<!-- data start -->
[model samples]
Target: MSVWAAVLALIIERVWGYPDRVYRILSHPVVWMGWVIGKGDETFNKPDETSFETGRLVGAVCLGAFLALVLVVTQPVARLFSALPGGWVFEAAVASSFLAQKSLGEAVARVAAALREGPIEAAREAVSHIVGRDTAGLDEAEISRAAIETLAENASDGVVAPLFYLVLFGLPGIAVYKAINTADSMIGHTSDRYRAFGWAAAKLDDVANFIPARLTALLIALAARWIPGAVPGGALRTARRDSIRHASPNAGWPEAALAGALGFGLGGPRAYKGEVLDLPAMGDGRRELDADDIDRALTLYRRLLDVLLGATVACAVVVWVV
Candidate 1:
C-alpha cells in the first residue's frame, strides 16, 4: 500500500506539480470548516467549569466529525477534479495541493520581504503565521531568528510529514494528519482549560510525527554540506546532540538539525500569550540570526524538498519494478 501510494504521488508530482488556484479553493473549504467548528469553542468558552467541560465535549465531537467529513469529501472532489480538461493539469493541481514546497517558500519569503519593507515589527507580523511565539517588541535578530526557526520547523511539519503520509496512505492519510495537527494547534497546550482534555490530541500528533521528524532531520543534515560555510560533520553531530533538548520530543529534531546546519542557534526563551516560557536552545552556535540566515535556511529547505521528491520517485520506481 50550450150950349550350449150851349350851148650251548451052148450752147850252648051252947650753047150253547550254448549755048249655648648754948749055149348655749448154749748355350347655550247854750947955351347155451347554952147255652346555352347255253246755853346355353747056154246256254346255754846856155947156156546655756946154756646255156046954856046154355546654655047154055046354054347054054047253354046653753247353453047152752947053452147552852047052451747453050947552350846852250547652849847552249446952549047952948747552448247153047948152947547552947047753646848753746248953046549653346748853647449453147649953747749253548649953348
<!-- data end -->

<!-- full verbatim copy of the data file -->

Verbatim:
[model samples]
Target: MSVWAAVLALIIERVWGYPDRVYRILSHPVVWMGWVIGKGDETFNKPDETSFETGRLVGAVCLGAFLALVLVVTQPVARLFSALPGGWVFEAAVASSFLAQKSLGEAVARVAAALREGPIEAAREAVSHIVGRDTAGLDEAEISRAAIETLAENASDGVVAPLFYLVLFGLPGIAVYKAINTADSMIGHTSDRYRAFGWAAAKLDDVANFIPARLTALLIALAARWIPGAVPGGALRTARRDSIRHASPNAGWPEAALAGALGFGLGGPRAYKGEVLDLPAMGDGRRELDADDIDRALTLYRRLLDVLLGATVACAVVVWVV
Candidate 1:
C-alpha cells in the first residue's frame, strides 16, 4: 500500500506539480470548516467549569466529525477534479495541493520581504503565521531568528510529514494528519482549560510525527554540506546532540538539525500569550540570526524538498519494478 501510494504521488508530482488556484479553493473549504467548528469553542468558552467541560465535549465531537467529513469529501472532489480538461493539469493541481514546497517558500519569503519593507515589527507580523511565539517588541535578530526557526520547523511539519503520509496512505492519510495537527494547534497546550482534555490530541500528533521528524532531520543534515560555510560533520553531530533538548520530543529534531546546519542557534526563551516560557536552545552556535540566515535556511529547505521528491520517485520506481 50550450150950349550350449150851349350851148650251548451052148450752147850252648051252947650753047150253547550254448549755048249655648648754948749055149348655749448154749748355350347655550247854750947955351347155451347554952147255652346555352347255253246755853346355353747056154246256254346255754846856155947156156546655756946154756646255156046954856046154355546654655047154055046354054347054054047253354046653753247353453047152752947053452147552852047052451747453050947552350846852250547652849847552249446952549047952948747552448247153047948152947547552947047753646848753746248953046549653346748853647449453147649953747749253548649953348